Woolworth Building (The Dance) (1913) is Marin at his best. The skyscraper appears to sway, an illusion frequently created when one looks straight up the side of a tall building as clouds pass overhead. In Marin’s image, people and trees slant in an opposite direction than the building, and everything seems to move. The tiny humans at ground level, dwarfed by the massive structure, seem almost threatened by the building.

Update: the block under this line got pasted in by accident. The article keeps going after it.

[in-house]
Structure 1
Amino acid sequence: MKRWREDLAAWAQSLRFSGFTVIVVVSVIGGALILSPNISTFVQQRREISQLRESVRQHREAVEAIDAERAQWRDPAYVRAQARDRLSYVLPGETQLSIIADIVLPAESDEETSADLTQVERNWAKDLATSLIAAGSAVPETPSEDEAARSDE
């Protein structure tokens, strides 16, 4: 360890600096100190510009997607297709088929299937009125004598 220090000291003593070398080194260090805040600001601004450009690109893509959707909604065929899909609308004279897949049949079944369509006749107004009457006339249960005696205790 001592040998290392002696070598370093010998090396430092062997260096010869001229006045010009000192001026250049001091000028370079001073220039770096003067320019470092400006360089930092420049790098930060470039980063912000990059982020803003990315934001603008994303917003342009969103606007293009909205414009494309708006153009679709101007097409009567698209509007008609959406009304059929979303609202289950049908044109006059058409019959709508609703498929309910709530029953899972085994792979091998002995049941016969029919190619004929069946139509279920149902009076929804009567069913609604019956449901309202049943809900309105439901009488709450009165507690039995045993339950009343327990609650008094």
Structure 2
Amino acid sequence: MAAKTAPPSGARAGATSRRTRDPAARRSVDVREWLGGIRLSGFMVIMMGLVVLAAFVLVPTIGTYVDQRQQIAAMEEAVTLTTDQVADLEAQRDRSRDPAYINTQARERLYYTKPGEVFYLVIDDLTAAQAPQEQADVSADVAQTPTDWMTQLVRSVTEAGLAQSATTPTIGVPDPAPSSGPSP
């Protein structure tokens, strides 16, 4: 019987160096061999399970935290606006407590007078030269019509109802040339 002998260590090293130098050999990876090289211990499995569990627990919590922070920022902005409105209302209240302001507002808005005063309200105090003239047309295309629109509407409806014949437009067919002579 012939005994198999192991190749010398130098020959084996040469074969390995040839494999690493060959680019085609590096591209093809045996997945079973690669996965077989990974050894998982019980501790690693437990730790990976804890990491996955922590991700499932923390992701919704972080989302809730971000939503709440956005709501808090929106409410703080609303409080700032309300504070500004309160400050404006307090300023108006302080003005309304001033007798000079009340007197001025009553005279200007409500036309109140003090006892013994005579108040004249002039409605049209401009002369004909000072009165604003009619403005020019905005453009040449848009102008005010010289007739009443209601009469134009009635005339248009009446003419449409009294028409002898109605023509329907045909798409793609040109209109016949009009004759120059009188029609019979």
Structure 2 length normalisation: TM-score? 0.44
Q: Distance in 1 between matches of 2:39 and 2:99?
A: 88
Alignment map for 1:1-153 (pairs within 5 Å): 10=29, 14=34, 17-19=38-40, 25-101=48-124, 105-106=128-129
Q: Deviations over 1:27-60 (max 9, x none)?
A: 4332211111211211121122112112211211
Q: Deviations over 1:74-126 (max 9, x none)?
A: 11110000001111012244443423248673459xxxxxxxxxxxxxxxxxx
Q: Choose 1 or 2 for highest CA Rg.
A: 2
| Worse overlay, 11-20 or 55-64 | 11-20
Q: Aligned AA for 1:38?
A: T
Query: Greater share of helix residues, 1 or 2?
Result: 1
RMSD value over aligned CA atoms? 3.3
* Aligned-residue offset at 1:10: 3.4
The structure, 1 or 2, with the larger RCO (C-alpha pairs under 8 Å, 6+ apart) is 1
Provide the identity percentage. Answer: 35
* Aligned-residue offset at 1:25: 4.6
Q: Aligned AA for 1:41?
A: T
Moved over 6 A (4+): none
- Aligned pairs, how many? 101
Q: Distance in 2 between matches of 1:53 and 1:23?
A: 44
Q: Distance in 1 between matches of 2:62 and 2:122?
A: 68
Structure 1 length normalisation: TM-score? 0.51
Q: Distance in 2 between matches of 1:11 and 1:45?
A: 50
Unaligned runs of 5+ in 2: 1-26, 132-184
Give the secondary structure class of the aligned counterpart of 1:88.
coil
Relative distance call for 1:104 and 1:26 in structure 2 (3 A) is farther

Like John Marin, Louis Lozowick did not require the Armory Show to be introduced to European Modernism. Born in the Ukraine, Lozowick studied at the Kiev Art Institute until he and his family immigrated to New York in 1906. He subsequently studied at the National Academy of Design, got a degree from Ohio State University, traveled around the United States, and returned to Europe, spending two years in Berlin. There he became a member of a Modernist circle that included artists affiliated with the Bauhaus, a short-lived (1919–1933) but highly influential school of art, architecture, and design. Its founder, Walter Gropius, stated that one purpose of the Bauhaus was to “…create the new building of the future…that will one day rise toward heaven as [a] crystalline symbol.” He was describing what came to be called the International Style of architecture, a minimalist approach that made the Neo-Gothic style of the Woolworth building look ornamental. These same characteristics are found in Bauhaus-influenced art, which came to be called Constructivist — hard-edged, geometric imagery that often featured architecture or elements of machinery. Lozowick returned to the U.S. in the early 1920s to start a career as an artist and stage set designer.